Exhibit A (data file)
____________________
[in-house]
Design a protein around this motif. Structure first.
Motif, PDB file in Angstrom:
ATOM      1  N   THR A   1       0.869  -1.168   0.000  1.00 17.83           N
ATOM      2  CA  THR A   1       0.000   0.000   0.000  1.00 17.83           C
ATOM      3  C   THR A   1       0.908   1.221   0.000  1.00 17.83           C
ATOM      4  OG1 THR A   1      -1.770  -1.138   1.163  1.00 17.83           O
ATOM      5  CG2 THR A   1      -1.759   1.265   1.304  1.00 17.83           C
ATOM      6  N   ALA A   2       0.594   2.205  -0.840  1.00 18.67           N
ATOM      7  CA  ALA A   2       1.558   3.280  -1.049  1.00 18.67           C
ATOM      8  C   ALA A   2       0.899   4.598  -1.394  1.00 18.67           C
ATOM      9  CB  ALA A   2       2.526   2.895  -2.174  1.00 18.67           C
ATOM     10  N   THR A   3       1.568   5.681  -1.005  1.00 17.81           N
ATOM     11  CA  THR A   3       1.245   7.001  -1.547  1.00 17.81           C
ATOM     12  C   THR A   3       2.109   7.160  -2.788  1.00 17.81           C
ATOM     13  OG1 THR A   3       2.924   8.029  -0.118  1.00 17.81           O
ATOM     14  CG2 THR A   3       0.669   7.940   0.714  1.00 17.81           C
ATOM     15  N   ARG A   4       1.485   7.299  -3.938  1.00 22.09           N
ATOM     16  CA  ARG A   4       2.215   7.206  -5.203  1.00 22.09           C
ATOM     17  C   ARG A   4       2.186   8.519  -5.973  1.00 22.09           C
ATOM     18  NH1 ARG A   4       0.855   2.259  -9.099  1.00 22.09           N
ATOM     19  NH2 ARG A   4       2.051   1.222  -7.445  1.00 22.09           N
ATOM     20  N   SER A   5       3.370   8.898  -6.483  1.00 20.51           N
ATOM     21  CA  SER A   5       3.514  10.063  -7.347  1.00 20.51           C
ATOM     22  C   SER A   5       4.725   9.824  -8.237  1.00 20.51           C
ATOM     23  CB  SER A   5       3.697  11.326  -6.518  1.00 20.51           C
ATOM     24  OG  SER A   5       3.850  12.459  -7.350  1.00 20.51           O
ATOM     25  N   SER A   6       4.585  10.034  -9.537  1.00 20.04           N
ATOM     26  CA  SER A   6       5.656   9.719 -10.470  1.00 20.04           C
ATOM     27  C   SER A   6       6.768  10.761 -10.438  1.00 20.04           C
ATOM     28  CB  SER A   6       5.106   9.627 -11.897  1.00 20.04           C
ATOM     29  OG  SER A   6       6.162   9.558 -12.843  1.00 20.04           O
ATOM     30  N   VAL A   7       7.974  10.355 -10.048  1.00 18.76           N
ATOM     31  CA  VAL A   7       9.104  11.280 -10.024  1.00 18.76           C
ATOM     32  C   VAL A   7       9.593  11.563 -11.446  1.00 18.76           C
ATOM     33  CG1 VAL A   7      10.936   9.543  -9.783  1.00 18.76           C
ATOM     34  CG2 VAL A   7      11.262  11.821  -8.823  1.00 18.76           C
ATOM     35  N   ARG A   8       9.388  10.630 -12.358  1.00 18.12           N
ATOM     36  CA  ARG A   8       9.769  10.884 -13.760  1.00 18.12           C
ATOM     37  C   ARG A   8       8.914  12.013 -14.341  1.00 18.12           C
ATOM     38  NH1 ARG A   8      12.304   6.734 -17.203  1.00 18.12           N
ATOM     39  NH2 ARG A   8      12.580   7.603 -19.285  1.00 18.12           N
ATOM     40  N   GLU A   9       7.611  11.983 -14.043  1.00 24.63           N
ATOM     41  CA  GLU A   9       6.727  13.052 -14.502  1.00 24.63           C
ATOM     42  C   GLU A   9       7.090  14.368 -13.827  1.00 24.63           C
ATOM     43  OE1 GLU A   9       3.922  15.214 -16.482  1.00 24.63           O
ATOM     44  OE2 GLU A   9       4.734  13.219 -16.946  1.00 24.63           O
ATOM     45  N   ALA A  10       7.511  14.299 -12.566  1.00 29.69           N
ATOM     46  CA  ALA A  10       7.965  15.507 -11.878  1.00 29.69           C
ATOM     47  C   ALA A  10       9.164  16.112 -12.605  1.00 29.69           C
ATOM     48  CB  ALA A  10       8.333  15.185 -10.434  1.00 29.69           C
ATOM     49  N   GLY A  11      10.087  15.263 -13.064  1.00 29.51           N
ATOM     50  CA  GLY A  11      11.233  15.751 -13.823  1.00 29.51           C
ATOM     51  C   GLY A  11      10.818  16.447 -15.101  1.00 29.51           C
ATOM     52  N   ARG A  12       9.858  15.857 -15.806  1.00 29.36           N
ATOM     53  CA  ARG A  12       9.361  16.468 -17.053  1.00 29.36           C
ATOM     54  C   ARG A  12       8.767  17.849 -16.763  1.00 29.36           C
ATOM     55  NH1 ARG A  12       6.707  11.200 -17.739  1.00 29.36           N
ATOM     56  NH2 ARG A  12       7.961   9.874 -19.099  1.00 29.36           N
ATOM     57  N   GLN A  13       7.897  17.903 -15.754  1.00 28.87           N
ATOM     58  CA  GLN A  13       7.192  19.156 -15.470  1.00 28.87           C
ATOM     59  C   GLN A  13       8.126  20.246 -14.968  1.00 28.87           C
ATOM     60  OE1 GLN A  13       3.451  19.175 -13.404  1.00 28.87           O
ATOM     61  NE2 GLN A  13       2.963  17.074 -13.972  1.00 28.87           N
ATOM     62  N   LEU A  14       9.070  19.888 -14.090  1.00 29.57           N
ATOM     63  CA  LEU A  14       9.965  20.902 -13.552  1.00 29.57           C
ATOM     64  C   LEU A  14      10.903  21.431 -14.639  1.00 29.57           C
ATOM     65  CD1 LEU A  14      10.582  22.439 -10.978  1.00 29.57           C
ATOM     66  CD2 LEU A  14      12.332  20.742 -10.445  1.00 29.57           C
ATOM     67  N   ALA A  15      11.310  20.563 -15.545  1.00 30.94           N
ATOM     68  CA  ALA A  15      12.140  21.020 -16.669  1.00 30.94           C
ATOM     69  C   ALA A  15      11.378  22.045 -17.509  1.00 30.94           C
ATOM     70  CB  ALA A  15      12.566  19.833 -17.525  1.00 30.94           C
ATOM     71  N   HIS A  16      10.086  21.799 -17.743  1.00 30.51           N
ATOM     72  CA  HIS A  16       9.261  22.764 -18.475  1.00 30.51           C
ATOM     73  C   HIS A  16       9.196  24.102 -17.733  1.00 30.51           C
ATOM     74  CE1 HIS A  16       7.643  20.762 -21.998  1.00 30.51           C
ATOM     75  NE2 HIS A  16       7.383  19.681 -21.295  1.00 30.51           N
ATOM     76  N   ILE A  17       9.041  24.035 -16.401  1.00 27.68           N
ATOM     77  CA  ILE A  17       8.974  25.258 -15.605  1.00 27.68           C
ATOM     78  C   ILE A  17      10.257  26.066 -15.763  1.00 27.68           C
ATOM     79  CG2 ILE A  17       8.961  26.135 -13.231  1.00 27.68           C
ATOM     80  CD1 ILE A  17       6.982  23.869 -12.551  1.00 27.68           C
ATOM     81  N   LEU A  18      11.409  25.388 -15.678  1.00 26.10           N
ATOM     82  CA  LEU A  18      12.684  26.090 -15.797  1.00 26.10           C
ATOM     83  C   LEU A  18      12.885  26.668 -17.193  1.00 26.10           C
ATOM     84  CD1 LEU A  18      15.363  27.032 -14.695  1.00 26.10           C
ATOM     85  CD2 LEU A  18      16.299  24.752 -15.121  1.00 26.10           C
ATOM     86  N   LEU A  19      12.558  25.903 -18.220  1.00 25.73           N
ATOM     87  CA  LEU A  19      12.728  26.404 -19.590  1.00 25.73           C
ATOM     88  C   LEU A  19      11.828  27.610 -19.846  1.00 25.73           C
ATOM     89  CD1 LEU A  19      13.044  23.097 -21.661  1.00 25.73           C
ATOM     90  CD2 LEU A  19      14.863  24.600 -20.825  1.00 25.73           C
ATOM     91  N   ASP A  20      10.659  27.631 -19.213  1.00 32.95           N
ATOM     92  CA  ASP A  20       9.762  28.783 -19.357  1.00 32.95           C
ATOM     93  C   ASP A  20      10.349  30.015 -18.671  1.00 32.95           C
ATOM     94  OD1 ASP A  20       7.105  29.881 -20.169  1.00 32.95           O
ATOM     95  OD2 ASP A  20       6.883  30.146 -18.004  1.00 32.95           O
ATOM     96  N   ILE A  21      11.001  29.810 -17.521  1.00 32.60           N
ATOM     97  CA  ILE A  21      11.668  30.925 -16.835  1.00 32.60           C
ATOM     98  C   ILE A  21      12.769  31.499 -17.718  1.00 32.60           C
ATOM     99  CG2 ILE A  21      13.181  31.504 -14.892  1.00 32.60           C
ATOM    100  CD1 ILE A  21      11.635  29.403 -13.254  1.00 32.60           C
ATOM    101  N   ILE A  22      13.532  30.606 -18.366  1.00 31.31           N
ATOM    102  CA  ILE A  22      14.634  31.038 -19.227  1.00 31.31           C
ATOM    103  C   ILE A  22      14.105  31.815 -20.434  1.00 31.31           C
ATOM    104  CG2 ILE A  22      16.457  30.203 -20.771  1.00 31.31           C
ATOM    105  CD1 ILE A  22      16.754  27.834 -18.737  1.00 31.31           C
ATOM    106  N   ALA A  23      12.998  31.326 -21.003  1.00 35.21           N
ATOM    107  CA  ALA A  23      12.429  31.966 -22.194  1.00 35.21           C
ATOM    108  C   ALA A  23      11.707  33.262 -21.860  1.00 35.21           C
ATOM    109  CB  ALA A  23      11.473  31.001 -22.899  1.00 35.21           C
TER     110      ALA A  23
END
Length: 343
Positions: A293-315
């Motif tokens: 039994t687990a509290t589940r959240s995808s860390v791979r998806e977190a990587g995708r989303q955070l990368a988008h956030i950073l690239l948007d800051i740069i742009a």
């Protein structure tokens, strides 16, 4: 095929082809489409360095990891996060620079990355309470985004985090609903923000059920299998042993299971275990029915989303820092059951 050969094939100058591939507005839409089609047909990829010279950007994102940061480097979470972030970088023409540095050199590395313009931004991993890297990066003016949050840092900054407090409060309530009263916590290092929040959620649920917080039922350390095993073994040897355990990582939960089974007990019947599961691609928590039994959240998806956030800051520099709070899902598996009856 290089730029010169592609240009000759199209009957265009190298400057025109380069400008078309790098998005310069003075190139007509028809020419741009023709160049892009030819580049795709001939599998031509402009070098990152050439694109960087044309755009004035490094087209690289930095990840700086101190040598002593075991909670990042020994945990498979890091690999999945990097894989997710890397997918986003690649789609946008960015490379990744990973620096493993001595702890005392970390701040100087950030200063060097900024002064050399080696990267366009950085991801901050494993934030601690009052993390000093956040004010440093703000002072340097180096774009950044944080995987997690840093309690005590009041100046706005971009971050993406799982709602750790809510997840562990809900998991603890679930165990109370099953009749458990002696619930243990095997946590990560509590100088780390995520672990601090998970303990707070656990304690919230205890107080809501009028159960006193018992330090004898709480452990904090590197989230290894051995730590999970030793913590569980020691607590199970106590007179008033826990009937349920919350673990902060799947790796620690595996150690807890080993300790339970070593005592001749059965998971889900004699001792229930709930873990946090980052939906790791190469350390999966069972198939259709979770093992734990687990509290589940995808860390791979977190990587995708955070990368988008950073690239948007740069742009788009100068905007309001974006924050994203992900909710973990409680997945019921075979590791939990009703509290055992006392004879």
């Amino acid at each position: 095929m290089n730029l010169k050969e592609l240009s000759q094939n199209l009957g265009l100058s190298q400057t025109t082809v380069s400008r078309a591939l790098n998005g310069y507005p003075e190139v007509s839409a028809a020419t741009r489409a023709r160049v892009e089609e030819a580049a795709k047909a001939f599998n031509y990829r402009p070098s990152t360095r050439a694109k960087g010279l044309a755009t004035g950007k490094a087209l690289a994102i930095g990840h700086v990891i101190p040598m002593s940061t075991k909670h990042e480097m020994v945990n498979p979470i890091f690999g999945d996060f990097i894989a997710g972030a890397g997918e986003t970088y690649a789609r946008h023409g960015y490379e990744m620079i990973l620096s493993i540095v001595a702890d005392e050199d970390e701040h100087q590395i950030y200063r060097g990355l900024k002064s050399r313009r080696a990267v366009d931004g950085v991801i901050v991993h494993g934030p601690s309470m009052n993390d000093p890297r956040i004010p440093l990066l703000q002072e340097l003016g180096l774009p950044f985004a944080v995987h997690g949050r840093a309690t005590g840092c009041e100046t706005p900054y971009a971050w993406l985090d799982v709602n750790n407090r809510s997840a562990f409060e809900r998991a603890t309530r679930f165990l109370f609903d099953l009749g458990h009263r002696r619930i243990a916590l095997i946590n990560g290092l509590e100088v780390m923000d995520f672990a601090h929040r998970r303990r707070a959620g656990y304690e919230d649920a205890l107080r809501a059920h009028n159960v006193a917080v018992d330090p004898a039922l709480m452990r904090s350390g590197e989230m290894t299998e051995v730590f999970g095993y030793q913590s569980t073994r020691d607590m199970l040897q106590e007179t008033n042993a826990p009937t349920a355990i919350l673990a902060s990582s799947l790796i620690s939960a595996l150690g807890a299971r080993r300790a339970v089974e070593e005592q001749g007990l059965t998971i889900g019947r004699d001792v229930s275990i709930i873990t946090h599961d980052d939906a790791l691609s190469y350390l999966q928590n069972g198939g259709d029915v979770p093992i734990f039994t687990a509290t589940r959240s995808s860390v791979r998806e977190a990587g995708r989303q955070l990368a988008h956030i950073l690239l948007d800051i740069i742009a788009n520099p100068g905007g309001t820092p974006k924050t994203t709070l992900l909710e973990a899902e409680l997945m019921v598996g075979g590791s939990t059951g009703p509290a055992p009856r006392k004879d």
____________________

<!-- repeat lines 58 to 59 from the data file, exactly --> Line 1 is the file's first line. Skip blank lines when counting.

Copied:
ATOM     55  NH1 ARG A  12       6.707  11.200 -17.739  1.00 29.36           N
ATOM     56  NH2 ARG A  12       7.961   9.874 -19.099  1.00 29.36           N